Notable litigation filed during March 2023 includes: (1) SEC v. Woodard; (2) SEC v. Kaplan; (3) James Bay Resources Limited, et al. v. Lockett & Horwitz, et al.; (4) Miklos v. McNamara, et al.; and (5) Scura, et al. v. Heppner, et al.
SEC v. Woodard, Civ. No. 1:23-cv-00112 (D. HI.).
The SEC filed suit against Defendant Steven Keith Woodard, an unregistered investment adviser, in Hawaii federal court for losses arising from an alleged Ponzi scheme involving his unregistered offering of securities in the form of promissory notes. The complaint alleges that Defendant, through Morganwood Ltd., an entity he controlled, raised approximately $6 million from approximately 30 purchasers of promissory notes. Defendant represented that he employed a proprietary day-trading strategy that was assured to avoid risk, preserve capital, and generate impressive returns. In reality, Defendant invested relatively little of the amount he raised from investors and lost virtually all of what he did invest through risky trading strategies diametrically opposed to the ones he had promised to employ. The SEC seeks recovery for violations of Sections 10(b) and 17(a) of the Exchange Act, Sections 5(a) and 5(c) of the Securities Act, and Sections 206(1) and 206(2) of the Advisers Act.
SEC v. Kaplan, Civ. No. 2:23-cv-01648 (E.D.N.Y.).
The SEC filed suit against identical twin brothers, Adam Kaplan and Daniel Kaplan, in New York federal court for losses arising from an alleged Ponzi scheme in which Defendants overcharged clients for advisory fees. Specifically, Defendants fraudulently inflated the fee amounts in clients’ advisory agreements without the clients’ knowledge or consent. The SEC further alleges that Defendants made misrepresentations, falsified documents, and made Ponzi-like payments to clients to conceal their fraudulent activities, including misappropriating client funds by fraudulently applying charges to clients’ credit card and bank accounts for purported investments or advisory fees to which Defendants were not entitled. The SEC seeks recovery for violations of Section 10(b) of the Exchange Act and Sections 206(1) and 206(2) of the Advisers Act.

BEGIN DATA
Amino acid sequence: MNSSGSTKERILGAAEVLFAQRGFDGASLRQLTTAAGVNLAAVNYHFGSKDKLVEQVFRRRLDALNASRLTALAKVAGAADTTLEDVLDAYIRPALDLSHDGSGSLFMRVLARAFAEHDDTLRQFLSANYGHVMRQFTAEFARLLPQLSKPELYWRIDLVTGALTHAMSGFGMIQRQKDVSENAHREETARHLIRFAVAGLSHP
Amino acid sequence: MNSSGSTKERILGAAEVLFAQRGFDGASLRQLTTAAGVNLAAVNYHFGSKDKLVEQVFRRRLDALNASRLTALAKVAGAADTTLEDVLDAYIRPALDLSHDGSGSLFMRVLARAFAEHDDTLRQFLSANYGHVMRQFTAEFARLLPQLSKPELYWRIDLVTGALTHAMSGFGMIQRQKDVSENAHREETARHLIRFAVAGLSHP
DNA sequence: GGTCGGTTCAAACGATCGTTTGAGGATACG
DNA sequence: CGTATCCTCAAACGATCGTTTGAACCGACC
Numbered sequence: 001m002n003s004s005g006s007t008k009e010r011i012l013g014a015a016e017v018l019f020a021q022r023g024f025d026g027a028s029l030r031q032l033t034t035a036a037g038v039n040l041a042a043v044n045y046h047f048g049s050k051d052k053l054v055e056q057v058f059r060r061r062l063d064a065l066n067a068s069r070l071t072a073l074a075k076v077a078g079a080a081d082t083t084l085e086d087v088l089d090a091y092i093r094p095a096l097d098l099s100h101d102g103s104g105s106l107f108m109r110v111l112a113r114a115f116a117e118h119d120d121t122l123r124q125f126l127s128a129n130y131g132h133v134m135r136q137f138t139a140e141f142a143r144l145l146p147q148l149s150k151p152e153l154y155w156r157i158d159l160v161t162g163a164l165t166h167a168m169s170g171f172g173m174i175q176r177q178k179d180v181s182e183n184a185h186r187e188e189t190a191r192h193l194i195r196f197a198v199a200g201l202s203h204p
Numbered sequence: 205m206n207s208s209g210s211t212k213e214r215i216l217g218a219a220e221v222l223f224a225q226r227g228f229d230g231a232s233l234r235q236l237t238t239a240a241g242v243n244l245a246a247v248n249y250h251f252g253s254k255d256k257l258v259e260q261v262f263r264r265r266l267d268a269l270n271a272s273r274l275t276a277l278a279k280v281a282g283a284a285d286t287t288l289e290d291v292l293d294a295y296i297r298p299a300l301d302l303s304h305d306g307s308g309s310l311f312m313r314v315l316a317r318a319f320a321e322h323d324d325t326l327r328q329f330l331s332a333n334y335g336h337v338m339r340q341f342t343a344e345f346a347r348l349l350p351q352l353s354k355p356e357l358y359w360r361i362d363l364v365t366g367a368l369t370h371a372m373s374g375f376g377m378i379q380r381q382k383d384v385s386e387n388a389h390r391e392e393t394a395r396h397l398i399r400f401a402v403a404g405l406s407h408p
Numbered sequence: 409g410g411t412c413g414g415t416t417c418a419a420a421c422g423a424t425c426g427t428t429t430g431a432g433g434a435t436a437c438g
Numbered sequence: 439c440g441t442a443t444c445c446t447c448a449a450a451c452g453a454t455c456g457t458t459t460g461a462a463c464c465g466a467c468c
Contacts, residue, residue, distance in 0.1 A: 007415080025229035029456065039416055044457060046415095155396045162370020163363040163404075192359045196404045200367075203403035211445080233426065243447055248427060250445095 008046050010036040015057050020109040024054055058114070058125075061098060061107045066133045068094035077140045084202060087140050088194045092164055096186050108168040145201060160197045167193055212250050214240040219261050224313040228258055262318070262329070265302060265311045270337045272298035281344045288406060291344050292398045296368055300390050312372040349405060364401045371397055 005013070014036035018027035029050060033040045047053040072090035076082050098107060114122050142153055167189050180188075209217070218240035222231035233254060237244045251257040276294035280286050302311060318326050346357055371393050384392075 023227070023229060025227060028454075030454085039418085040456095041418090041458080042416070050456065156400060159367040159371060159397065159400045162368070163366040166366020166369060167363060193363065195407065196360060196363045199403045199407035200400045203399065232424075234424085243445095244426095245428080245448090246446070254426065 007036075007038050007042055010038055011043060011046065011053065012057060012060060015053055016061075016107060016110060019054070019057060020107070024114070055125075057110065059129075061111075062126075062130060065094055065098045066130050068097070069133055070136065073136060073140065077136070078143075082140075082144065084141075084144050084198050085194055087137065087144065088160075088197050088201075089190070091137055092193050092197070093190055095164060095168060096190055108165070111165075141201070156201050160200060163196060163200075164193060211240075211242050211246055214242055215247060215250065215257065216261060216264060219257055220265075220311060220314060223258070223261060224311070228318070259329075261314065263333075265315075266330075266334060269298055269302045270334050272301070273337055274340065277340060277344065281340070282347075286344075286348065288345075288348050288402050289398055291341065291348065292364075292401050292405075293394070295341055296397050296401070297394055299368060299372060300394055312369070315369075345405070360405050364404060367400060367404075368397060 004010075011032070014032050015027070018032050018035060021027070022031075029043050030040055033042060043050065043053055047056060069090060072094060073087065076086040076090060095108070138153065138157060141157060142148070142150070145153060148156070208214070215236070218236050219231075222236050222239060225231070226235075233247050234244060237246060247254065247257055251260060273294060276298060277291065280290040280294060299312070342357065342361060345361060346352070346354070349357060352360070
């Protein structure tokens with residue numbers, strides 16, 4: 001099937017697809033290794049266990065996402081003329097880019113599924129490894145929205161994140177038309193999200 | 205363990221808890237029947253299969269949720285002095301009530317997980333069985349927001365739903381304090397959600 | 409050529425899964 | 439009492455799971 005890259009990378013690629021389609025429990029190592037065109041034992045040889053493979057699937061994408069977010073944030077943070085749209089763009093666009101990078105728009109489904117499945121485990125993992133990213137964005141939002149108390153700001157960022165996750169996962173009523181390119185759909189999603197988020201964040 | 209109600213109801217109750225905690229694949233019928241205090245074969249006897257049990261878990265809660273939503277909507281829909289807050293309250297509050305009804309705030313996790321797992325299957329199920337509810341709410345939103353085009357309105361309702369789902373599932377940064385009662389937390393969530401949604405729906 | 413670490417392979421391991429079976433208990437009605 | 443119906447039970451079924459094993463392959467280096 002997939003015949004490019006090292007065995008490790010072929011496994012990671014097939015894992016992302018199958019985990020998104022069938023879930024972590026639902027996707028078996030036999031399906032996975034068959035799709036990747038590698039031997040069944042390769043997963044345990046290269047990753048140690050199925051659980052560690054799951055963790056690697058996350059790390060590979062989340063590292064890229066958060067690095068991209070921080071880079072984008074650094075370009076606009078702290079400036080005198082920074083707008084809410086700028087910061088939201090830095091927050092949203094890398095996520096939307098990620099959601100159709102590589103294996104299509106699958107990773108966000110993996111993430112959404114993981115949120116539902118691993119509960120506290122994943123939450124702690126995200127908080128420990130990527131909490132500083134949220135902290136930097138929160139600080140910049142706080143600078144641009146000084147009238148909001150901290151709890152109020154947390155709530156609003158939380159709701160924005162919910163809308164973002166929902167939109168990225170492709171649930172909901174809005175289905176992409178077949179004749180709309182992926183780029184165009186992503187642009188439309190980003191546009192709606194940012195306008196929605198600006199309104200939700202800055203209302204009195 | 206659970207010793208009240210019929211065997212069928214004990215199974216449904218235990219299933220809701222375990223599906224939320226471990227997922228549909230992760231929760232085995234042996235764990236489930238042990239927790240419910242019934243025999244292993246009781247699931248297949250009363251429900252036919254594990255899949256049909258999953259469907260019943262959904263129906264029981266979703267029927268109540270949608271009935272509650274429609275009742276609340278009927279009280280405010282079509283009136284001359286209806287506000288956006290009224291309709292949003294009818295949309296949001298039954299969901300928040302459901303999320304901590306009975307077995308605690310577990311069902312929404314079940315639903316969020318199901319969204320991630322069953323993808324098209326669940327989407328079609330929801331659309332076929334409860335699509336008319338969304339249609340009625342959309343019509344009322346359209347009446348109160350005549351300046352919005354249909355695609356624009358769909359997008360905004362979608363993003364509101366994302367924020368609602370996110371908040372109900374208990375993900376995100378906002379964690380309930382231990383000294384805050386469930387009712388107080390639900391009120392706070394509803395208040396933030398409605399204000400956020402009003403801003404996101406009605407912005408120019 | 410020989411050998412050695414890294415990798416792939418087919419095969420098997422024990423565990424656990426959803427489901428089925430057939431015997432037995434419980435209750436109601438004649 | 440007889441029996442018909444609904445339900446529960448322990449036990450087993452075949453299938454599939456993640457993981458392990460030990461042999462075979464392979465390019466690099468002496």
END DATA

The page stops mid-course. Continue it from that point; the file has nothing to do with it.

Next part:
James Bay Resources Limited, et al. v. Lockett & Horwitz, et al., Civ. No. 30-2023-01313001 (Cal. Super. Ct.).
Ponzi victims filed suit against Defendants Lockett & Horowitz, a professional law corporation, and one of its shareholders, John Armstrong, in California Superior Court for losses related to a Ponzi scheme that implicated Defendants, who served as legal counsel and assured Plaintiffs of the legitimacy of several vape pen companies (“Borrowers”), which served as collateral for Plaintiffs’ $4 million investment in the form of a series of loans to the Borrowers. The complaint alleges that, after the Borrowers defaulted on Plaintiffs’ loans, law enforcement investigated the Borrowers, resulting in the SEC filing a complaint on May 5, 2022. After reading the SEC complaint, Plaintiffs learned they had been the victims of a Ponzi scheme and that the Borrowers were sham businesses. Plaintiffs seek recovery under theories of breach of contract and breach of fiduciary duty.
Miklos v. McNamara, et al., Civ. No. 2023-L-2633 (Ill. Cook Cir. Ct.).
Ponzi victims filed suit against John McNamara and his company, McNamara Capital Investment Group, LLC, in Illinois state court for losses arising from an alleged Ponzi scheme in which Defendants invested Plaintiff’s retirement savings and other assets in a sham company called Premier Factoring. The complaint alleges that McNamara and his company acted as investment advisors and failed to perform proper diligence when investigating Premier prior to recommending it to Plaintiff. According to Plaintiff, at the time McNamara advised Plaintiff to invest in Premier, Premier was a worthless entity. Plaintiff seeks recovery under theories of negligence, breach of fiduciary duty, misrepresentation, and violation of Illinois securities laws.
Scura, et al. v. Heppner, et al., No. 3:23-cv-00680 (N.D. Tex.).
Ponzi victims filed suit against individuals and their businesses for losses arising from a scheme operated through GWG Holdings, Inc. (“GWG”), a company that purported to sell investments in beneficial interests in life insurance policies but which, in reality, operated like a Ponzi scheme. Plaintiffs allege that after Defendant Brad Heppner took over GWG, over $1.2 billion of investor funds were diverted to schemer’s personal accounts, new startup businesses, and for payment of unrelated debts. The complaint alleges that after an SEC investigation, GWG was forced to stop selling securities and was unable to keep new funds flowing in to repay investors—necessitating GWG to file for bankruptcy. Plaintiffs seek recovery on behalf of a class of investors under federal securities laws.